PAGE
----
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Ryan LCSW, Mental Health
Category: Mental Health
Satisfied Customers: 872
Experience:  Individual and Family Therapist
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I am 40yrs, my boyfriend 51 years, together 11 years. I

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i am 40yrs, my boyfriend 51 years, together 11 years. I believe, his over-parenting, dysfunctional, obsessive way with his eldest daughter, now 21 yrs, comes between us. He thinks its natural father-daughter love and protection. I say its her being manipulative and him being a way to live his life through her eyes. Am I wrongly jealous, or is this wrong. The younger daughter (18 yrs) lives with the mother, doesnt have time for my partner, and never gets any "financial" help from my partner. Things in isolation: my partner ignored me on a "family" holiday because the eldest daughter was there (with her boyfriend), just bought her a very expensive luxury car, paid for her boob enhancement, paid for her lip enhancement, treats her like walking on egg shells. The other child he ignores and says the "maintenance" should be enough. He doesnt treat me the way i want emotionally ( i love cuddles) or sees me ok financially ( i do just about borderline ok). I just want to know if I'm being greedy?!
Thanks for your question. My name is ***** ***** I'd like to help you out.

From what you've described, it does sound like your boyfriend goes out of his way to provide for his oldest daughter and that she can monopolize his attention even when you're around. This may come from good intentions on his part, and he may only want her to be happy and honestly feel like he is doing the best he can for her. However it sounds like his priorities are focused mainly on her, and that there is a large difference in the way that he treats her as compared to the way he treats his younger daughter and yourself. After a while it is only natural to feel frustrated with that type of situation.

Considering that his daughters are now grown adults, then as his partner it seems only fair and reasonable that you should expect to be one of the top priorities in his life and treated that way. If you're not being treated that way, then it seems less about you being greedy, and more about wanting to be treated as a higher priority in his life. After having been together for 11 years that seems understandable, and would be different if you had recently started dating or had only been together for a short time.

To some extent if he is in denial about his over-involvement in his eldest daughter's life, there may only be limited progress you can make until he is willing to admit this. However I think it is safe to say that your concerns are justified, and that wanting to be treated like a higher priority seems only natural and appropriate considering your relationship together, and not the result of greed. I definitely wish you the best with all of this, and if there's anything else I can do to help just let me know.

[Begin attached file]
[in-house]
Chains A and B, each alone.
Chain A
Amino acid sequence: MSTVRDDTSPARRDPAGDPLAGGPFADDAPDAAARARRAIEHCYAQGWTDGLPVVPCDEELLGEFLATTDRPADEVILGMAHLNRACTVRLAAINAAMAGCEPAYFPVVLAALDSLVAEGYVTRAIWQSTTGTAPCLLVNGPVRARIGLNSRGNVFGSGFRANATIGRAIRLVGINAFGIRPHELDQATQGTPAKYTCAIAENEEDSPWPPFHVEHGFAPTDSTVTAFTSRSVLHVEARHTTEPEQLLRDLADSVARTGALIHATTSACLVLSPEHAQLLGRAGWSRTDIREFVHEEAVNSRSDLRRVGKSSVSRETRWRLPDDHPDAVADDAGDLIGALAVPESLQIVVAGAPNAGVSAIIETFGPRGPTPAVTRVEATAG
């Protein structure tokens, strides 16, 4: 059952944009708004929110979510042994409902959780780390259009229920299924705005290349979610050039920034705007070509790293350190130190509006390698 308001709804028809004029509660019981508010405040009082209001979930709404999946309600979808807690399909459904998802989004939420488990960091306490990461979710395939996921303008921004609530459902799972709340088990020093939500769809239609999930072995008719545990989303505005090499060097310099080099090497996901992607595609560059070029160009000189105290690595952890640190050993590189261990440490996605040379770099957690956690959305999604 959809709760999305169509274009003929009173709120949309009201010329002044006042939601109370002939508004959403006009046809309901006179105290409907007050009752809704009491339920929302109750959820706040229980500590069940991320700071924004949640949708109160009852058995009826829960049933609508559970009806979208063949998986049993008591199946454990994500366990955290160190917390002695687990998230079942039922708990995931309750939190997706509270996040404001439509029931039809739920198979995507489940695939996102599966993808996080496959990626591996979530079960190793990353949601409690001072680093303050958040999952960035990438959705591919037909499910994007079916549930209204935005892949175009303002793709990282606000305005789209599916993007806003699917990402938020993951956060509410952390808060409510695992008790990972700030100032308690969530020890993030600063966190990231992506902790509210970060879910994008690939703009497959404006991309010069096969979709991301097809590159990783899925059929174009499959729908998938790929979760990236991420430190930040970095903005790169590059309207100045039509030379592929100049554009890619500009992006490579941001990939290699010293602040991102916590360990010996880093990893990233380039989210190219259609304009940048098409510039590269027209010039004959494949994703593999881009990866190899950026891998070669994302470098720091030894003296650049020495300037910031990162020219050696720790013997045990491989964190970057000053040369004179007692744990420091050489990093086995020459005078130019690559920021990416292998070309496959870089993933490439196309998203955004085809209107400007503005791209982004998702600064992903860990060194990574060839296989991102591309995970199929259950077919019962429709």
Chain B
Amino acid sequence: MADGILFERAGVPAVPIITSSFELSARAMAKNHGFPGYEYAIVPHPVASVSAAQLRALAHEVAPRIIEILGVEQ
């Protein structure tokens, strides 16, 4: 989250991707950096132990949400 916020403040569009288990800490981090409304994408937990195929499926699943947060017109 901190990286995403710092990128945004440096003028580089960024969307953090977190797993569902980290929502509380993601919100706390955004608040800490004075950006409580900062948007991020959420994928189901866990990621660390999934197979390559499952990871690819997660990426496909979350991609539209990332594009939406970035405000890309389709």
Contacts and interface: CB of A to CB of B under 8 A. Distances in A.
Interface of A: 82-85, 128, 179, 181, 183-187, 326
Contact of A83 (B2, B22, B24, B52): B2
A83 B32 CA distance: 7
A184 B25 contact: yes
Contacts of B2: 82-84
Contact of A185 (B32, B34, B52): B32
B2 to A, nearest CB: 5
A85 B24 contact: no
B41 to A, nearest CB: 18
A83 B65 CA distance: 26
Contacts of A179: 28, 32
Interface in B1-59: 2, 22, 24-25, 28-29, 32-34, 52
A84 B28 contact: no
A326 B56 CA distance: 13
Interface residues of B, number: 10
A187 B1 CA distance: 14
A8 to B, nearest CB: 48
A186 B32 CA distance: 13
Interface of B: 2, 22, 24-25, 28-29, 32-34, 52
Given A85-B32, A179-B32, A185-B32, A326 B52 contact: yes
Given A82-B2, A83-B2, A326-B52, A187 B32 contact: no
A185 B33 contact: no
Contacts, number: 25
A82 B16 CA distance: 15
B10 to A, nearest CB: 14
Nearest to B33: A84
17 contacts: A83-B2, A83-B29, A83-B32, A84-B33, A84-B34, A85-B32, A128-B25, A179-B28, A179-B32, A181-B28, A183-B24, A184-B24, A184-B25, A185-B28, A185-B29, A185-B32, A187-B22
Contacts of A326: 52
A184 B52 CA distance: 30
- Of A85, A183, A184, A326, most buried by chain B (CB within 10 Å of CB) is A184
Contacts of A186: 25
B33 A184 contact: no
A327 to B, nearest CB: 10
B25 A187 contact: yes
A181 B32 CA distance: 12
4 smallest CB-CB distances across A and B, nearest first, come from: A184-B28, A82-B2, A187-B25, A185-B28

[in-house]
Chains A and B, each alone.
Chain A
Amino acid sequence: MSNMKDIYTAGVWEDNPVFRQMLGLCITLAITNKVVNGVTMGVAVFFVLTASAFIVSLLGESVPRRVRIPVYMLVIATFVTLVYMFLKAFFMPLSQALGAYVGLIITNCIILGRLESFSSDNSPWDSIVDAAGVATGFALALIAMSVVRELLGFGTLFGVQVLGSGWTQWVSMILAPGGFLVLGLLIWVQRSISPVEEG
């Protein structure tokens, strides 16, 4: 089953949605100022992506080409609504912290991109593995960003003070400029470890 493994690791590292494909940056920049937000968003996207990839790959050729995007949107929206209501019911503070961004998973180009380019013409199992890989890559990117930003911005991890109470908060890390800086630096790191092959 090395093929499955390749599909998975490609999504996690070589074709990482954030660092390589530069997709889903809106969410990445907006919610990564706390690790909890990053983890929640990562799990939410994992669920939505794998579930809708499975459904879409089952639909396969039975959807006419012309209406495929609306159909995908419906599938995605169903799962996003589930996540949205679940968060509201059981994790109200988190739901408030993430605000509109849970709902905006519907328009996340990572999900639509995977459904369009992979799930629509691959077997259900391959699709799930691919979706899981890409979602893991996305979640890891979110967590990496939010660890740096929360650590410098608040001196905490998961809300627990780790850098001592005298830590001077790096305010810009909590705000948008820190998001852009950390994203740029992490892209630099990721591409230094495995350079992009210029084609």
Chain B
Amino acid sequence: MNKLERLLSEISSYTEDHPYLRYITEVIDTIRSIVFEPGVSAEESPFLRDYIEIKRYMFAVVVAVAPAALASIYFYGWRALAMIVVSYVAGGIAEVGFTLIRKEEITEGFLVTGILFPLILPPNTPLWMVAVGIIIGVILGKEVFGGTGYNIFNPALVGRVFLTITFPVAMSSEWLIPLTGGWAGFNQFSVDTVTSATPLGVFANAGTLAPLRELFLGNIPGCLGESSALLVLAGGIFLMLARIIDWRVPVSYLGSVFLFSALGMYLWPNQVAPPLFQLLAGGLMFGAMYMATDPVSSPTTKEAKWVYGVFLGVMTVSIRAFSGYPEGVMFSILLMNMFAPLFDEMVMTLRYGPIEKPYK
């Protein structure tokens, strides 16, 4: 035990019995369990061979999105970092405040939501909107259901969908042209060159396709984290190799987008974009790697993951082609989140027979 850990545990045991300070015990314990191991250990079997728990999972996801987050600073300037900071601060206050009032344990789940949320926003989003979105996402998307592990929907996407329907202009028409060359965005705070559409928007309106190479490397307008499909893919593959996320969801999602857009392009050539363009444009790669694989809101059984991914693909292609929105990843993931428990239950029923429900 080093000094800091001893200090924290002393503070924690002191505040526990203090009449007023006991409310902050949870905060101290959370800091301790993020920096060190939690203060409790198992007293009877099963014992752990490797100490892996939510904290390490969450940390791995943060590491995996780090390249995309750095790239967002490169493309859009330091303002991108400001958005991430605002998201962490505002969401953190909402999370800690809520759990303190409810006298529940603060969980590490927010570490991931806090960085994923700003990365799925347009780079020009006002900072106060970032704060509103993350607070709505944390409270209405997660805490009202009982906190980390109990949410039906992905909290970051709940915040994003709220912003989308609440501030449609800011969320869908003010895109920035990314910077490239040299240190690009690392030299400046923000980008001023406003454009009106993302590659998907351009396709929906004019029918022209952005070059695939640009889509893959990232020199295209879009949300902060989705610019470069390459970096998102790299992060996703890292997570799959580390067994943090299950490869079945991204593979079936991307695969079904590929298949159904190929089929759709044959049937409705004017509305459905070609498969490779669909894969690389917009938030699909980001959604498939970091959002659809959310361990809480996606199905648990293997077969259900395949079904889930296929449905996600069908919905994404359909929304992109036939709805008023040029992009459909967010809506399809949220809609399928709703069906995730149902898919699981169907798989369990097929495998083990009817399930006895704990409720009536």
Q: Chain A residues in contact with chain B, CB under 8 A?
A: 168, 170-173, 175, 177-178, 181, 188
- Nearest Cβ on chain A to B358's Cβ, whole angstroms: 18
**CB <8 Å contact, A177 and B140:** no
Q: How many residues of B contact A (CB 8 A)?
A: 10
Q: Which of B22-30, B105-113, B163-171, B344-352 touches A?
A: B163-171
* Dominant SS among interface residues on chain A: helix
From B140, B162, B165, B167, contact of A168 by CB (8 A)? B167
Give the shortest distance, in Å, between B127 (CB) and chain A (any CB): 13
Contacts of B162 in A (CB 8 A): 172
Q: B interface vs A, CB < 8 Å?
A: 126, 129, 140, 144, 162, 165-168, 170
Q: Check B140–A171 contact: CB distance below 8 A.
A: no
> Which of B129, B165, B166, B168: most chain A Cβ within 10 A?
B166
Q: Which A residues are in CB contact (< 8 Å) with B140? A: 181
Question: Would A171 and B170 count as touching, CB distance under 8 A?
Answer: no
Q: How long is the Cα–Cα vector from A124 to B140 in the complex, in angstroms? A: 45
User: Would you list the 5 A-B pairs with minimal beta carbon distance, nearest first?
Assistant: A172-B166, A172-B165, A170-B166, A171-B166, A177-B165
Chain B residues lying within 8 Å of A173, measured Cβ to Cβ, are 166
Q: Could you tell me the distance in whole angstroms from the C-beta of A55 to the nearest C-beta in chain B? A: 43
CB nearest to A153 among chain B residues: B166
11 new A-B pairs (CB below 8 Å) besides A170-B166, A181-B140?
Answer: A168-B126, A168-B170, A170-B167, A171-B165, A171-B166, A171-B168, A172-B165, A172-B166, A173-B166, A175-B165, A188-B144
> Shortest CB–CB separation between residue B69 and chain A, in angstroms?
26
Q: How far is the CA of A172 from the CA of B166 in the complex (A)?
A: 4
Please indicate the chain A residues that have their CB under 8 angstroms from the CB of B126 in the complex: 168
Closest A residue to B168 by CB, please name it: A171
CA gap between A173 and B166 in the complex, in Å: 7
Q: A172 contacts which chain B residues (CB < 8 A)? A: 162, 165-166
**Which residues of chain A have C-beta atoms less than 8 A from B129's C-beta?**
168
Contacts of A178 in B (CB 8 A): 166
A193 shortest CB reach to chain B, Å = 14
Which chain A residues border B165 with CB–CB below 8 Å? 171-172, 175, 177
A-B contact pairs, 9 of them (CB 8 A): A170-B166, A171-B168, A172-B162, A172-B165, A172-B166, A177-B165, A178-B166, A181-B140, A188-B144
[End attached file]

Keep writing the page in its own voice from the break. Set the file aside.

Customer: replied 4 years ago.

I know that i am being treated with a different "priority". But i expected you to say how i could change things or if these situations are not changeable after 11 years. Not being greedy is one thing - financially on the make, but i asked if i was wrongly jealous, thats what he accuses me of. Is he right?

Customer: replied 4 years ago.

did you see my other written reply? I asked that whilst i know there is a problem, what do i do to sort it out, or do i leave knowing it cant be sorted out. Either way, is what i am feeling justified, is it jealously? If so is it normal?

I'm sorry to see that you left me a poor review and would certainly like to change that. I apologize if I misunderstood your question or what information you were specifically looking for, so please let me know if there is anything else I can to do help you out. Your question specifically asked if you were being greedy, so that is what I focused my attention on.

To answer your follow up question, I certainly don't think you are wrong to be jealous, because the same idea applies. He is treating his older daughter as a higher priority than you, so as his partner of 11 years, it is only natural that you would be jealous of that. He may be right in some ways by saying that you are jealous, but he is also bringing this upon himself in the way that he treats his daughter compared to you.
Whether or not it is possible to change this depends on whether or not he believes that this is a problem that needs to be changed. From what you described it sounds like he is in denial that is a problem, and that certainly makes it difficult to create change. After 11 years if this is the way he has always been then he is most likely pretty set in his ways, but I would still hope that he would be receptive of conversations focused on making your relationship better. You are not wrong to feel jealous of this situation, but resolving it does depend on whether or not he is willing to reexamine his priorities.

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